What a fantastic Earth Day assembly today!
Like all of our all-school assemblies, this one was student-led and organized, with some help from key adults. But unlike others, all of our students played a part today, beyond being audience members. And also unlike previous assemblies, this one was held outdoors, in the courtyard! What a treat to celebrate Earth Day at Evergreen.
Learning About Endangered Species
Endangered animals were the theme of today's assembly, and also the focus of a recent Buddy Day—monthly occasions when students get together with their assigned buddy classes and work on an activity.
Each class buddy group had already "adopted" a different endangered species of Washington State and spent time creating informative posters about that animal.
Today's event began with a parade! Each class walked in together with their buddy class—kindergarten with 5th grade, 1st grade with 6th, and so on—beginning at the flagpole and parading up the stairs and through the courtyard to the seating area, past cheering staff and specialist teachers.
Student council officers did a great job of MC'ing the event, encouraging each class and commenting on their artwork. Thanks to the work of the A/V club, we had a great sound system rigged up outdoors, complete with microphones that were height-adjustable for everyone from five-year-olds to teenagers.
Visit from Some Falcons ...
Once everyone was seated, some very special guests joined us: biologist and licensed falconer John Prucich of The Falconer, accompanied by a number of live falcons and other raptors. And, of course, we were also joined today by our own Evergreen mascot, Malcon the Falcon!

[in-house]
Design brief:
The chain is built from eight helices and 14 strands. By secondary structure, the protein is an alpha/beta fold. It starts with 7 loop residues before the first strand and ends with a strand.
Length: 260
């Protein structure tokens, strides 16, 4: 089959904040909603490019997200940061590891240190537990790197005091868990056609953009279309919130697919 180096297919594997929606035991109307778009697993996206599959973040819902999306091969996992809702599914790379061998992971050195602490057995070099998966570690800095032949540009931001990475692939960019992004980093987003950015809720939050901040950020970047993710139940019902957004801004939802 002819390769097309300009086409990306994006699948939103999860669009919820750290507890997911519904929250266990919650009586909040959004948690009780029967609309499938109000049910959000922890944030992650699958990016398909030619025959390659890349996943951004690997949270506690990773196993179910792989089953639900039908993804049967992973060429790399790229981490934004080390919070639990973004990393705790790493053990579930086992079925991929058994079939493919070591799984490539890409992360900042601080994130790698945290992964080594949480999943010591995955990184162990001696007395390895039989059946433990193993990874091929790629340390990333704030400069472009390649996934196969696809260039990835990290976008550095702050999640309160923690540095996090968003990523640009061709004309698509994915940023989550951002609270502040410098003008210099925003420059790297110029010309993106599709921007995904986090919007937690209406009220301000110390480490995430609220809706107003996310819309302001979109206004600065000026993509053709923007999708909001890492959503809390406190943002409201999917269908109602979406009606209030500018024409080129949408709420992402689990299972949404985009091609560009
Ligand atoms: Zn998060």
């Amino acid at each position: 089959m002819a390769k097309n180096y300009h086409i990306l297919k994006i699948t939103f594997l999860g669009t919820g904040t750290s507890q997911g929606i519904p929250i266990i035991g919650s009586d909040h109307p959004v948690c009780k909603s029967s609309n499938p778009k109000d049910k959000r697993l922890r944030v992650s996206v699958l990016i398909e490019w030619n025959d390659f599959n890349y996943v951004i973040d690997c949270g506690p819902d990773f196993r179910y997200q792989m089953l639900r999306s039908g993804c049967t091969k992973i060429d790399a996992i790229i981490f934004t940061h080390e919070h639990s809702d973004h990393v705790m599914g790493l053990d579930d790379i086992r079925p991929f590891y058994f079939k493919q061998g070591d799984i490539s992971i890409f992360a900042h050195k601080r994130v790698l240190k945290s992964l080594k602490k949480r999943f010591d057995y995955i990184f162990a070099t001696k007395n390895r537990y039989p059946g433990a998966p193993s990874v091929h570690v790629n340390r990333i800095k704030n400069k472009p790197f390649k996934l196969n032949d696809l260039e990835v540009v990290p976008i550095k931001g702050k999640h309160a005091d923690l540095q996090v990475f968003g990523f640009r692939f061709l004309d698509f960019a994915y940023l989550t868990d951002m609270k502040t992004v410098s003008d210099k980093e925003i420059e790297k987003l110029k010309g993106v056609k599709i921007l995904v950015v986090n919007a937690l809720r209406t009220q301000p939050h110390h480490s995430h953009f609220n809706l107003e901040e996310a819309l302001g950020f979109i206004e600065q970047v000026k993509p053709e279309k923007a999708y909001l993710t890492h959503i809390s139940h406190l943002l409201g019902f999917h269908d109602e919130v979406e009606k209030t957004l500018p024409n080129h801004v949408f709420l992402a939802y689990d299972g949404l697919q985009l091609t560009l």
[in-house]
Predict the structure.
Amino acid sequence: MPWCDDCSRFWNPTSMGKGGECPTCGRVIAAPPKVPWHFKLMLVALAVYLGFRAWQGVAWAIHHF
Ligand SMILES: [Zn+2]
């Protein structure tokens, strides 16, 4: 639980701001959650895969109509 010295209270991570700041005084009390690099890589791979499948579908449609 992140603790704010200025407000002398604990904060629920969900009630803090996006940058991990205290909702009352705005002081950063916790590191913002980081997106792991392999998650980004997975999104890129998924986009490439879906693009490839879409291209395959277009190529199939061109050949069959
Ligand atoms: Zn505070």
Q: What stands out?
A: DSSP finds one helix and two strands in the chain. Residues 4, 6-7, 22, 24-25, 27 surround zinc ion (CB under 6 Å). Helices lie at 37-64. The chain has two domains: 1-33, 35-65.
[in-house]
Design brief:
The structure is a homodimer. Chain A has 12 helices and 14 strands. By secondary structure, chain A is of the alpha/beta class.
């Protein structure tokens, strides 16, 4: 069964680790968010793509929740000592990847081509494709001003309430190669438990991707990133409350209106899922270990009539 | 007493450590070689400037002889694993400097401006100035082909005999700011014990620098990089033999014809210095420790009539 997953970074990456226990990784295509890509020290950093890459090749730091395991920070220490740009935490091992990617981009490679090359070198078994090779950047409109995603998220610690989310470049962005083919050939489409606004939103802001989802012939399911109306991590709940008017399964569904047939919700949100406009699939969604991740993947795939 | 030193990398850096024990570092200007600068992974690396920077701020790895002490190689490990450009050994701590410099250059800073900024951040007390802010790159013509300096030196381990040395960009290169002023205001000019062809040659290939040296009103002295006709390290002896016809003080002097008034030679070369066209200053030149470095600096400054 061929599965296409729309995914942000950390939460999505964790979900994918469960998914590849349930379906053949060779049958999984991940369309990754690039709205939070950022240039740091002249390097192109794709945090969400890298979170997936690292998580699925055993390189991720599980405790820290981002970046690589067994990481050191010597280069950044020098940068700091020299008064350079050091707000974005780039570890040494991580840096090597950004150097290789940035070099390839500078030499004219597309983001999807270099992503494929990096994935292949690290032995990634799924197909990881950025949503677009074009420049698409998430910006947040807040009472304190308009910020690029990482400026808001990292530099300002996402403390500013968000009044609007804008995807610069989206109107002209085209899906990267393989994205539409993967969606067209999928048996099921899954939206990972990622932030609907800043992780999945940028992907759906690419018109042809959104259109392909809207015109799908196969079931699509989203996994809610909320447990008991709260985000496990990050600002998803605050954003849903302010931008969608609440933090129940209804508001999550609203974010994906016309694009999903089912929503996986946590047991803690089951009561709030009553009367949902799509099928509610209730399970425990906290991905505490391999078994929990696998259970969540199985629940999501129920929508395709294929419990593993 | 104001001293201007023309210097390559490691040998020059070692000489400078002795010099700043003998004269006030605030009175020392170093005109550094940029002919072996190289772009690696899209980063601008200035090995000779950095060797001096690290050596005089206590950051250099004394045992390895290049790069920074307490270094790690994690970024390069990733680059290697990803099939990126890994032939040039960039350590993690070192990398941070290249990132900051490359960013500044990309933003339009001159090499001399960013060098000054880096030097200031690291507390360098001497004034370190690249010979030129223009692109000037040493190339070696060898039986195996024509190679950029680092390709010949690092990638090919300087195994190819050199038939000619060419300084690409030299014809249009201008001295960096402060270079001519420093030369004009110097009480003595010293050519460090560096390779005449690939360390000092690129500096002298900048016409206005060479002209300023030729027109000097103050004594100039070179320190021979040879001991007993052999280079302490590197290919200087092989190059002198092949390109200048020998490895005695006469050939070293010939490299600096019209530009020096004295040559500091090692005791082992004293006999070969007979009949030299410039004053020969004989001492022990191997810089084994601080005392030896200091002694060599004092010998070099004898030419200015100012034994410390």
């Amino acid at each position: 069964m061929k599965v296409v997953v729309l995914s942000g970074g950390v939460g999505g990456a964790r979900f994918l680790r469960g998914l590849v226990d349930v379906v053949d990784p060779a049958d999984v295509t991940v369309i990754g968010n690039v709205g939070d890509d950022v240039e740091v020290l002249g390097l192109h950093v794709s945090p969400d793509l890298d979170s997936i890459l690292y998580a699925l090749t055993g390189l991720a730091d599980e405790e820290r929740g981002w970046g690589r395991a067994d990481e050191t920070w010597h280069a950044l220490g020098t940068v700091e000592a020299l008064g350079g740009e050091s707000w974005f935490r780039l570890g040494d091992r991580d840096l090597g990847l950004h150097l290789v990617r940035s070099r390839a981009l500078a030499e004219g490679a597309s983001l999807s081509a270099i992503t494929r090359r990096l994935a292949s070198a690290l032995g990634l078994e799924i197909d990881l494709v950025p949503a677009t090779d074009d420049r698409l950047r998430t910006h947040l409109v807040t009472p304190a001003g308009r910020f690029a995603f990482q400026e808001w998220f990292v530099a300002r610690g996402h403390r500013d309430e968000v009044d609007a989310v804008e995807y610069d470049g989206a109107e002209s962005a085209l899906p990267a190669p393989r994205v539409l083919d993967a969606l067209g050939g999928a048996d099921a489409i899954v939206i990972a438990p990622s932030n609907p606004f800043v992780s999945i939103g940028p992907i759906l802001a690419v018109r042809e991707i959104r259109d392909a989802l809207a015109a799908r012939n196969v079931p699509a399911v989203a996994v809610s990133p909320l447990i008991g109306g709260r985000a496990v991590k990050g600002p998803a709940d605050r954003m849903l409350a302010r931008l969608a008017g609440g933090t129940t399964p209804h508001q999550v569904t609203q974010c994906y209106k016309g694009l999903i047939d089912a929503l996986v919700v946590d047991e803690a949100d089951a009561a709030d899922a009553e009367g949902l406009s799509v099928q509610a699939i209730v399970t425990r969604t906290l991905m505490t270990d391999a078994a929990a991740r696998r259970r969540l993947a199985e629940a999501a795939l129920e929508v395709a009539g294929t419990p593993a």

Well-practiced at addressing groups of young people, John captivated our students throughout his presentation. He told the assembled students that the licensing process to become a falconer involves two years of training under a master—"just like a Jedi master!"
He was full of fascinating information and repeatedly encouraged students to pursue science:
"We need more scientists!" he exclaimed, exhorting students to learn how to preserve our natural world, as well as help discover new species and how to protect them in the future.
"Let's all say 'pest control!'" he said, explaining that raptors eat mice, rats, animals and birds—including other smaller raptors.
"Falconry is the oldest field sport in the world, dating from three to five thousand years ago."
Endangered Species Songs, Poems, Raps and More
After our visiting falconer wrapped up, to much applause, the assembly continued. Fourth graders, led by Vanessa Miller, treated us to a catchy song about the environment that they helped compose, accompanied by rhythm instruments.
Finally, several different buddy groups performed original compositions: raps, poems and even a repeat-after-me-style cheer—all on the subject of endangered animals.